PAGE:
Paul Sewald

Mets Problem Isn’t Analytics, It’s The Wilpons

As reported by Mike Puma of the New York Post, Mets owner Fred Wilpon does not want to hire a younger and more analytics driven executive for two reasons.  The first is he feels he will have a harder time connecting with that person.  The second and perhaps all the more baffling is the “thought among team officials that perhaps the Mets became too analytics driven in recent seasons under Sandy Alderson’s watch . . . .”

Taking the thought at face value, we really need to question which analytics the Mets are using to inform their decisions.

For starters, look at Asdrubal Cabrera.  Everyone knew he was no longer a shortstop, so that left the question over whether he should have been a second or third baseman heading into the 2018 season.

In 2017, Cabrera was a -6 DRS in 274.1 innings at second.  That should have come as no surprise as he was a -10 DRS the last time he saw extensive action at second base (2014).  Conversely, in his 350.1 innings at third last year, he had a 1 DRS.

Naturally, the Mets went with Cabrera at second this season where he has been an MLB worst -20 DRS.  That makes him not just the worst second baseman in all of baseball, it makes him the worst defensive infielder in all of baseball.

Of course, the Mets got there by acquiescing a bit to Cabrera’s preference to play second over third.  This was also the result of the team turning down a Paul Sewald for Jason Kipnis swap.  That deal was nixed over money.

With respect to Sewald, he was strong when the season began.  In April, he had a 1.91 ERA and a 0.805 WHIP.  Since that point, Sewald has a 5.73 ERA, a 1.485 WHIP, and multiple demotions to Triple-A.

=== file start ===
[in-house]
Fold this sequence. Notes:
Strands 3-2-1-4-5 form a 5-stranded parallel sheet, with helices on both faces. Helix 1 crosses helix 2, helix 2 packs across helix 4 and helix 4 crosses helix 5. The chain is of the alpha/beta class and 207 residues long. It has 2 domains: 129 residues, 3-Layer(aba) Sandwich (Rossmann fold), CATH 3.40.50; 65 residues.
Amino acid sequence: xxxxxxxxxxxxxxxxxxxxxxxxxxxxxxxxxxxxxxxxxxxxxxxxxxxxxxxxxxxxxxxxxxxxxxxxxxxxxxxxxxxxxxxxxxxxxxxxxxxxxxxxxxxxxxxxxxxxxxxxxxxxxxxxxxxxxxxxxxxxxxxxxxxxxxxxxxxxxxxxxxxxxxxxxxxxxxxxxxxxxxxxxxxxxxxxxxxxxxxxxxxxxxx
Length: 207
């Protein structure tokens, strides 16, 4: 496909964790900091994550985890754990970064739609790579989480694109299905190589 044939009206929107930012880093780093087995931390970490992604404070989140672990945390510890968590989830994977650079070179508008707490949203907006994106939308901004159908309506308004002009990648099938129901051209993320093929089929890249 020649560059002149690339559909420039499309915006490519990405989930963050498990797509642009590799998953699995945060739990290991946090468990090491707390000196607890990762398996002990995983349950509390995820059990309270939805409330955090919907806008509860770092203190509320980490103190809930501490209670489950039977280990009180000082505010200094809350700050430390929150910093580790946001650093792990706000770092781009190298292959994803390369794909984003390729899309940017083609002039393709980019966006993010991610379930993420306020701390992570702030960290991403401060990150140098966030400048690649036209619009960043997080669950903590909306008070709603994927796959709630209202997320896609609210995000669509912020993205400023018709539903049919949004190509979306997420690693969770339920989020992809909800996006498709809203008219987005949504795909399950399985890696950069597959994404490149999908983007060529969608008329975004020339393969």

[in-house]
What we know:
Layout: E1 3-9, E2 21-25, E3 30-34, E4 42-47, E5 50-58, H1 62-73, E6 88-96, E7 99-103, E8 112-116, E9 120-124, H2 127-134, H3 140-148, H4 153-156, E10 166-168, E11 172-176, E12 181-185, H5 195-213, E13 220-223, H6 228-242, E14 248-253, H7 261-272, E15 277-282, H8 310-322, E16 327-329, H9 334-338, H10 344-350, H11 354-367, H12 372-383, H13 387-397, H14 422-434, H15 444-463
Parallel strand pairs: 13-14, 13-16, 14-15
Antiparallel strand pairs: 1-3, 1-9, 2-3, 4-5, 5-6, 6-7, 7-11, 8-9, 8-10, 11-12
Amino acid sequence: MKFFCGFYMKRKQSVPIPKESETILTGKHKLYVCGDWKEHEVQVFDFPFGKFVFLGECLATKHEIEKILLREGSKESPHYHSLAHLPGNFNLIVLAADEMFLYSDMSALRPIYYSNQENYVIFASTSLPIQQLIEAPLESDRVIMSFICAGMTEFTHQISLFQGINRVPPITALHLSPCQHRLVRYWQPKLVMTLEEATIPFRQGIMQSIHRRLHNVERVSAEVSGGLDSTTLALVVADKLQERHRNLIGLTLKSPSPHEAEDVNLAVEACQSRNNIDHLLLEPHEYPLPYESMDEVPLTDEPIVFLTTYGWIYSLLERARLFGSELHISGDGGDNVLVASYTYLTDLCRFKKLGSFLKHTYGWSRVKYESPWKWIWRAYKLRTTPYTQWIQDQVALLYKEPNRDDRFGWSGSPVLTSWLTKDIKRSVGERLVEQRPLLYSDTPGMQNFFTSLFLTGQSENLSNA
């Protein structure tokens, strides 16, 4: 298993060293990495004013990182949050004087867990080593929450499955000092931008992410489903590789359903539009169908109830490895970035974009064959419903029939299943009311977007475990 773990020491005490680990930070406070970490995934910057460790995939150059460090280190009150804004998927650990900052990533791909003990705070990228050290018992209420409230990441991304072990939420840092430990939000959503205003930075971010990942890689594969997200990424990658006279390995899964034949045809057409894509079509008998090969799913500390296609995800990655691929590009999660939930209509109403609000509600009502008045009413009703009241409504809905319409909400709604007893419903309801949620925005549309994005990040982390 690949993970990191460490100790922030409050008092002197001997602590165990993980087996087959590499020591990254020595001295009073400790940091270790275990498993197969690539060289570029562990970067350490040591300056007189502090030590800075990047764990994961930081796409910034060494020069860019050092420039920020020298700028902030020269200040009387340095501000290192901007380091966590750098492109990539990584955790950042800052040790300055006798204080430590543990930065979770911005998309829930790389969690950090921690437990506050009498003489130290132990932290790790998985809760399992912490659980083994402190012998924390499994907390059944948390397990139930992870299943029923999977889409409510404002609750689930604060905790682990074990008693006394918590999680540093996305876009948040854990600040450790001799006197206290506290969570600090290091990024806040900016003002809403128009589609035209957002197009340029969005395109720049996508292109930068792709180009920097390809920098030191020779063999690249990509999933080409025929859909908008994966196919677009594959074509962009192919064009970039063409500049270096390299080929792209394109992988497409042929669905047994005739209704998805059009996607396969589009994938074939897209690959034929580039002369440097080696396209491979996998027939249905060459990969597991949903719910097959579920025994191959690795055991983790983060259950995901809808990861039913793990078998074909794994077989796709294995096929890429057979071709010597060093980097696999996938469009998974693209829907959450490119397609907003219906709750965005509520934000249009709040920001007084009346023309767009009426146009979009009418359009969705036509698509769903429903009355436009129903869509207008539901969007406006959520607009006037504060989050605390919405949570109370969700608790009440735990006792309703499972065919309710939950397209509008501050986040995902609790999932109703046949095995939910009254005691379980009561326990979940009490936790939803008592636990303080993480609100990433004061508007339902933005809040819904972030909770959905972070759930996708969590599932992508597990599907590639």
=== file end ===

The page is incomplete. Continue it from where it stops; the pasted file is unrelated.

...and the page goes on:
As for Kipnis, he has struggled this year hitting .226/.313/.363.  It should be noted this was mostly due to a horrific April which saw him hit .178/.254/.243.  Since that tough start to the season, Kipnis has gotten progressively better.  Still, it is difficult to lose sleep over Kipnis even if the rejected trade put Cabrera at second and it led to the Mets signing Todd Frazier, who is hitting .217/.298/.368.

In addition to bringing Cabrera back into the fold, the Mets also brought back Jay Bruce after having traded the then impending free agent to the Cleveland Indians for Ryder Ryan.

At the time the Mets signed Bruce, they needed a center fielder.  The team already had Yoenis Cespedes in left, and once he returned from the disabled list, the team was going to have Michael Conforto in right.  Until the time Conforto was ready, the team appeared set with Brandon Nimmo in the short-term.

In 69 games in 2017, Nimmo hit .260/.379/.418.  In those games, Nimmo showed himself to be a real candidate for the leadoff spot on a roster without an obvious one, especially in Conforto’s absence.  With him making the league minimum and his having shown he could handle three outfield positions, he seemed like an obvious choice for a short term solution and possible someone who could platoon with Juan Lagares in center.

Instead, the Mets went with Bruce for $39 million thereby forcing Conforto to center where he was ill suited.  More than that, Bruce was coming off an outlier year in his free agent walk year.  Before that 2017 rebound season, Bruce had not had a WAR of at least 1.0 since 2013, and he had just one season over a 100 wRC+ in that same stretch.  In response to that one outlier season at the age of 30, the Mets gave Bruce a three year deal.

Still, that may not have been the worst contract handed out by the Mets this past offseason.  That honor goes to Jason Vargas.